XM vs. Sirius...any preferences?

Discussion in 'Mobile Phones / Entertainment' started by EricSchulz, Dec 26, 2004.

  1. EricSchulz

    EricSchulz Producer

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    I am looking to buy a new car this spring...probably Mar/Apr, and satellite radio is a "must-have". Anyone have access to both or any preferences out there? I am mostly interested in Europop and dance music, but will need a good 80's station (prefereably with an alternative slant like the Cure, Erasure, Depeche Mode, etc.)

    Any comments or opinions are welcome!
     
  2. DonaldB

    DonaldB Supporting Actor

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    The forum now has a section for satellite radio.

    You would probably prefer XM based on your interests. It has better music channels, with more variety and fewer repeats, including dance and 80s alternative.
     
  3. EricSchulz

    EricSchulz Producer

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    Thanks for the link! Mods, feel free to move this to the proper forum...

    (Admin note: as you wish!)
     
  4. Aldebaran

    Aldebaran Auditioning

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    XM because the "ASK!" channel streams ART BELL all day in a loop and a few other great shows.
     
  5. Ronald Epstein

    Ronald Epstein Administrator
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    I agree....

    For Howard Stern, sports and talk Sirius
    is probably your best bet.

    However, for music, Sirius stinks!

    XM has a much wider playlist with far less
    repetition.
     
  6. Michael St. Clair

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    Don't tell my wife, she loves the music on Sirius and made me buy a 2nd tuner so she can listen to it in the car all of the time. Her favorite channel is First Wave and she loves that it sticks to the hits. [​IMG]
     
  7. Ronald Epstein

    Ronald Epstein Administrator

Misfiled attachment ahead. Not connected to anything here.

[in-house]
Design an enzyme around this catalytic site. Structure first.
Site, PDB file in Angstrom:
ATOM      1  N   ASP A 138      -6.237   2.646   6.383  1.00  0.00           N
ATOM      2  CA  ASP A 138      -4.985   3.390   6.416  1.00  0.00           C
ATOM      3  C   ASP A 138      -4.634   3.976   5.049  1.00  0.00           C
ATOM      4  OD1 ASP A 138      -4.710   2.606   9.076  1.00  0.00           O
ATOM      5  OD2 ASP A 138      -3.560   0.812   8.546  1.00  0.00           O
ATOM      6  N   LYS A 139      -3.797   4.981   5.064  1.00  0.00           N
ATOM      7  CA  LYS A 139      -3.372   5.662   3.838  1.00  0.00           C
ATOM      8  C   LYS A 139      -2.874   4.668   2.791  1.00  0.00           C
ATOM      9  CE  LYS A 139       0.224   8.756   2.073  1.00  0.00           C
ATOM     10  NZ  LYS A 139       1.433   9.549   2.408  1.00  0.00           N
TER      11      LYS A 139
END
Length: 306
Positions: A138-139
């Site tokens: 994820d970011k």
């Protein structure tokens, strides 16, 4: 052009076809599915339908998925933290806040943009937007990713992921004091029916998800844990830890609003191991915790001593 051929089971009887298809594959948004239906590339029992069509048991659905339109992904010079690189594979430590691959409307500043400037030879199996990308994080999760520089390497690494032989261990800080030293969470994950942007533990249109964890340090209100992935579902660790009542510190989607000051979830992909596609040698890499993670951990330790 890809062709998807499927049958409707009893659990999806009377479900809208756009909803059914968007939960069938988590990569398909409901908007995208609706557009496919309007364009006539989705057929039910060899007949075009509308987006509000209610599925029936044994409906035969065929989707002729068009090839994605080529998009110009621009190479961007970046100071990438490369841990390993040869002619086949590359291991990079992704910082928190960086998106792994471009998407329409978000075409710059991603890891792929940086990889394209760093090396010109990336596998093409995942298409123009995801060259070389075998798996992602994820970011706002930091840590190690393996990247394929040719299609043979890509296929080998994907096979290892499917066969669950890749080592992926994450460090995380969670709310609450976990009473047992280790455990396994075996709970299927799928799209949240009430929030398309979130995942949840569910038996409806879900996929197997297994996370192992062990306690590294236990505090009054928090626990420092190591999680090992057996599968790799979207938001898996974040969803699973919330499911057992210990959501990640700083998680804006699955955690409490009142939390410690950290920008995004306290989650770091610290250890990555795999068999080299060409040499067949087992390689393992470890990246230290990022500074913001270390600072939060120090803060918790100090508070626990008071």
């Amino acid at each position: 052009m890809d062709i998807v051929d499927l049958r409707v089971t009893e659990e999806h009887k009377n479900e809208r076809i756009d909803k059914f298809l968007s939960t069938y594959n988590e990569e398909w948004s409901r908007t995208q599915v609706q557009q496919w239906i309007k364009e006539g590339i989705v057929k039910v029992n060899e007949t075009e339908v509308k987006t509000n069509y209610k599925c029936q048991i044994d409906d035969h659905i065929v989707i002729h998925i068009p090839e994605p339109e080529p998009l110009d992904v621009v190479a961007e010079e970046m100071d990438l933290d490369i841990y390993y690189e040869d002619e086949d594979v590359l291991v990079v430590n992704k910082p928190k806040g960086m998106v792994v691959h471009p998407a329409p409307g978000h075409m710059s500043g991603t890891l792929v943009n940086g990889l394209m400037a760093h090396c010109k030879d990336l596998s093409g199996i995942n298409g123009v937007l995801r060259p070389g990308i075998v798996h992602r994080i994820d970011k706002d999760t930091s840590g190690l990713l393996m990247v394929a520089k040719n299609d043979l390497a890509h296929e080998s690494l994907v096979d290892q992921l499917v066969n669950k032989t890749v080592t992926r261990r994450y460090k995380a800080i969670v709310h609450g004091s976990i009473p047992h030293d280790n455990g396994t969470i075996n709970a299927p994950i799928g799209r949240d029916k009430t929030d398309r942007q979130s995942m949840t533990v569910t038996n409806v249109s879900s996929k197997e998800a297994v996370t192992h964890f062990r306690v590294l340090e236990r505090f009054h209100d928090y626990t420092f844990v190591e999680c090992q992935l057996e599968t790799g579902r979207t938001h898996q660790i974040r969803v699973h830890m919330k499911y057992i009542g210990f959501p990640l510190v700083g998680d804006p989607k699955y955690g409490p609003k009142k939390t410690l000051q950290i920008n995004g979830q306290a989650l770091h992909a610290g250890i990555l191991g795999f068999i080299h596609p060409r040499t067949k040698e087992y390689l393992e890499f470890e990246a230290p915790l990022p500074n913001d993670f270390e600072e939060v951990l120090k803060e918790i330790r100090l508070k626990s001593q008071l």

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    My girlfriend actually enjoyed listening
    to Sirius' The Pulse for the first
    week we dated.

    Now, she complains that she hears the same
    music over and over again every time we get
    in the car.

    This comes from a channel that should be
    playing a wide variety of music of the '90s
    and today.

    Also....

    My co-worker bought his brother Sirius radio
    this past Christmas. I asked him how he liked
    it. I was told that he listened to the comedy
    channel for a few days and kept hearing the
    same "bits" being played over and over again.

    This only proves that the Sirius programming
    philosophy hasn't changed that much.
     
  8. Chris

    Chris Lead Actor

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    Same here. My wife considers First Wave all of that. They do a pretty good job with requests as well, in a 2 hour block, you're virtually guaranteed at least 3 or 4 requests.

    [​IMG]
     
  9. Michael St. Clair

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    Don't forget News. [​IMG]
     
  10. Michael Harris

    Michael Harris Screenwriter

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    I am trying to decide between the two as well. My interest is classical music. I've heard some XM and am impressed by some of their on-air talent since some of them came from NPR and DC's WETA. How is Sirius? I have a new BMW so Sirius is the "default" for me but installing XM is an option.
     
  11. Ronald Epstein

    Ronald Epstein Administrator
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    Michael,

    It depends on your music tastes....

    If Sirius follows the programming pattern they
    implement on all their pop and rock channels,
    expect to hear the same music over and over again.
    Sirius music playlists are very tight. They stick
    mostly to familiar music. Even the comedy channel
    plays the same bits over and over.

    This may be fine for some who only want the hits.

    XM is far more eclectic. In addition to playing
    the hits, XM plays a lot of "Oh Wow" stuff that you
    haven't heard in a while. They will reach into the
    vaults and bring out something special. This means
    less repetition of the familiar stuff and a lot more
    variety in the music.

    I have both XM and Sirius. I rarely listen to
    Sirius anymore because I can't handle the constant
    repetition. Some people like it -- some do not.

    Sirius is great for news, sports and Howard Stern.
    XM is better for their music programming.

    My recommendation would be to have XM installed.
     
  12. Bob_L

    Bob_L Supporting Actor

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    Michael:

    I listen to the classical music quite a lot on XM (I was a conductor and my degree is in composition.)

    I'm constantly surprised at the unexpected things they play. Some very intelligent choices.

    They knocked me out a few weeks ago, however. I was working on a book editing project and needed some TRULY INNOCUOUS music in the background (otherwise my attention goes directly from the work at hand to the music....) Soooo, I put on the New Age channel, what could be less attention-getting than that, right?

    Suddenly, my neck snapped around to look at the XM display. "What the heck is THAT?" Incredibly, they were playing a wonderful composition by Lou Harrison, a brilliant but relatively little-known American composer.